Two landfill sites formerly owned by the district council are creating the highest concern in relation to contamination of Waikanae Stream.
The stream is in poor ecological condition, according to a report prepared for Gisborne District Council’s environmental planning and regulations committee.
In the report, environmental risk team leader Kate Sykes says the Waikanae Stream contaminated land investigation project has painted a picture of poor health and identified contaminants of concern in all the site investigations.
Eight sites were chosen for investigation and contaminants of concern were identified at all.
The council previously owned five of these sites.
Of greatest concern are the former landfill sites at the airport and in Innes Street.
The latter is in the industrial subdivision and has been affected by industrial and light commercial users and storage of contaminants since 1978.
While the Innes Street site is now partially owned by the council and the Department of Conservation, the report says the council has a moral responsibility to take ownership of the issues caused by its historical use as a landfill.
Both sites require remedial works to address contaminants still leaching into the stream.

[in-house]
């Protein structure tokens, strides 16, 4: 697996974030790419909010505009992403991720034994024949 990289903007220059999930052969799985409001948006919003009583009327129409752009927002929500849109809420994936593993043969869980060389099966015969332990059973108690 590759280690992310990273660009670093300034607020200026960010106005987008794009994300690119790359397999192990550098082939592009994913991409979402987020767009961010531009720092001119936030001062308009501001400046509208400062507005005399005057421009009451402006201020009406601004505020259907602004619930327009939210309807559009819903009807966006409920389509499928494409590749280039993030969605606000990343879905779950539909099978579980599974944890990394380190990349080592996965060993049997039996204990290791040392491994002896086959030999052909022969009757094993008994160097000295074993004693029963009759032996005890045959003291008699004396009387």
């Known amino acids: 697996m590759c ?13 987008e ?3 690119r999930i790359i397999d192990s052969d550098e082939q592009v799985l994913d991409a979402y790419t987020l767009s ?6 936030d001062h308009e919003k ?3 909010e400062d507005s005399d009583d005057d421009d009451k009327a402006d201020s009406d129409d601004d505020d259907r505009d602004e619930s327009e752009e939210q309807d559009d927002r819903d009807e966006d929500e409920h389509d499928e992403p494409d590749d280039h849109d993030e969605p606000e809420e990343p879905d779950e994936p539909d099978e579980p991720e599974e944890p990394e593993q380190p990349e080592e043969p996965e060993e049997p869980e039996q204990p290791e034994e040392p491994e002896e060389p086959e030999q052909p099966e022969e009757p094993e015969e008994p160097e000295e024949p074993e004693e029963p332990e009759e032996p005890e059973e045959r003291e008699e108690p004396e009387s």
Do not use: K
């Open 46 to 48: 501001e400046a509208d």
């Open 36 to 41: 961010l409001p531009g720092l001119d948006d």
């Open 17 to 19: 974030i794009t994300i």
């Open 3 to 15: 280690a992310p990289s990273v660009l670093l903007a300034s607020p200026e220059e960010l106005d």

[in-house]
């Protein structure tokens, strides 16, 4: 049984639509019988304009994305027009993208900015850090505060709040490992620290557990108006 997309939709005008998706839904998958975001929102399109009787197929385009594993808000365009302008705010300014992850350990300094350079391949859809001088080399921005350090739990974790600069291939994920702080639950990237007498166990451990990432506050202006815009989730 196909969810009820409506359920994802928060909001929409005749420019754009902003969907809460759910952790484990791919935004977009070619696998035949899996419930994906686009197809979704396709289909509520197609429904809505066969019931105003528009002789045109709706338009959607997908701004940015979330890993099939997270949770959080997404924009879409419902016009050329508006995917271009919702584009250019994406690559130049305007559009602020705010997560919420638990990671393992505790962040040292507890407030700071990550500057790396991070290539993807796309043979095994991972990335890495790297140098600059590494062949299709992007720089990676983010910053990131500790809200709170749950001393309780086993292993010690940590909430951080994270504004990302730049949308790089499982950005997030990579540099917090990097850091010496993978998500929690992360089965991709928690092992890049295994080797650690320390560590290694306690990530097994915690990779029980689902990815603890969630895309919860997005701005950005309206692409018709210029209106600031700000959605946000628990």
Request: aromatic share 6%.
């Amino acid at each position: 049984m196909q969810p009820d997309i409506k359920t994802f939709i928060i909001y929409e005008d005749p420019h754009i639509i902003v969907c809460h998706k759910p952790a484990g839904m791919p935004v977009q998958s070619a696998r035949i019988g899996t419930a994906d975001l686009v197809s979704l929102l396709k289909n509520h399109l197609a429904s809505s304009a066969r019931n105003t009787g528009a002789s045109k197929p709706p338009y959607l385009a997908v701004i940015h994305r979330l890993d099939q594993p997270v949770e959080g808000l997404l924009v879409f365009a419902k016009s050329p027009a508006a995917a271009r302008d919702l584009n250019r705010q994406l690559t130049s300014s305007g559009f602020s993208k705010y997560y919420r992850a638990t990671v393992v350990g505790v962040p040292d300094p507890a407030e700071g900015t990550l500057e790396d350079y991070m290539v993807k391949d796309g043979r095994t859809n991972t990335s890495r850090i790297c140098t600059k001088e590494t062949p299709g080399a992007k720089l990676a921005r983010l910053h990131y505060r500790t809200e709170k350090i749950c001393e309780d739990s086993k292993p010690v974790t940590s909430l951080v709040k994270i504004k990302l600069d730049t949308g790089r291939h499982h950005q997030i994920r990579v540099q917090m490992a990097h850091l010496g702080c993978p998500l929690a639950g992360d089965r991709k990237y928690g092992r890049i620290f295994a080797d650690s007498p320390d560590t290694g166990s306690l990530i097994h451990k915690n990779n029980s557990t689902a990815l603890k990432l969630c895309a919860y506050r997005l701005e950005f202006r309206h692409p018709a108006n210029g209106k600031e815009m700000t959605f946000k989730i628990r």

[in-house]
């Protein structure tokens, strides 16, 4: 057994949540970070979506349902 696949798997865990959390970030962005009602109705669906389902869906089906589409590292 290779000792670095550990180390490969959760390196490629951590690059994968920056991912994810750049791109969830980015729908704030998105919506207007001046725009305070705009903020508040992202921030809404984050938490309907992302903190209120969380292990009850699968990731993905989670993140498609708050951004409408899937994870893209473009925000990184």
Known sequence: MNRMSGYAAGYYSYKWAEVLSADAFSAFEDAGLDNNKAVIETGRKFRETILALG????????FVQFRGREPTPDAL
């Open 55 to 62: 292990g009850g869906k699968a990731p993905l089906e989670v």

There is also concern about a section of the stream by the Alfred Cox walkway, which was used as a landfill from 1957 until some time in the 1960s and may have also been influenced by a former copper chrome arsenic treatment plant between 1980 and 1994.
That area is a registered contaminated land site under the council’s Tairawhiti Resource Management Plan.
The report says the middle reach of the stream from Aerodrome Road to the Grey Street Bridge has substantially degraded water and sediment quality.
It says the benthic (sediment-dwelling) fauna is likely to only comprise pollution-resistant species such as mud crabs.
Suite of actions recommendedHeavy metals are present in the sediment indicative of the HAIL (Hazardous Activities and Industries List) activities that have occurred or are occurring along the reaches of the stream.
The downstream reach between the bridge and the stream mouth has the highest habitat value and visibly better water quality and clarity. This is probably due to the strong tidal influence and regular flushing from tidal flows.
A consultant’s report has provided a suite of recommended actions for improving the stream’s health.
The project to date has cost $197,781 of which $84,500 has been funded by the Ministry for the Environment.
There is enough funding in the current long-term plan to cover the costs of further investigation work and the resource consents needed to undertake remediation and allow for a residual discharge.
The extent of the remedial work is unknown and staff will need to reprioritise budgets.
Another application will be made to the Ministry’s contaminated site remediation fund after a previous one was unsuccessful.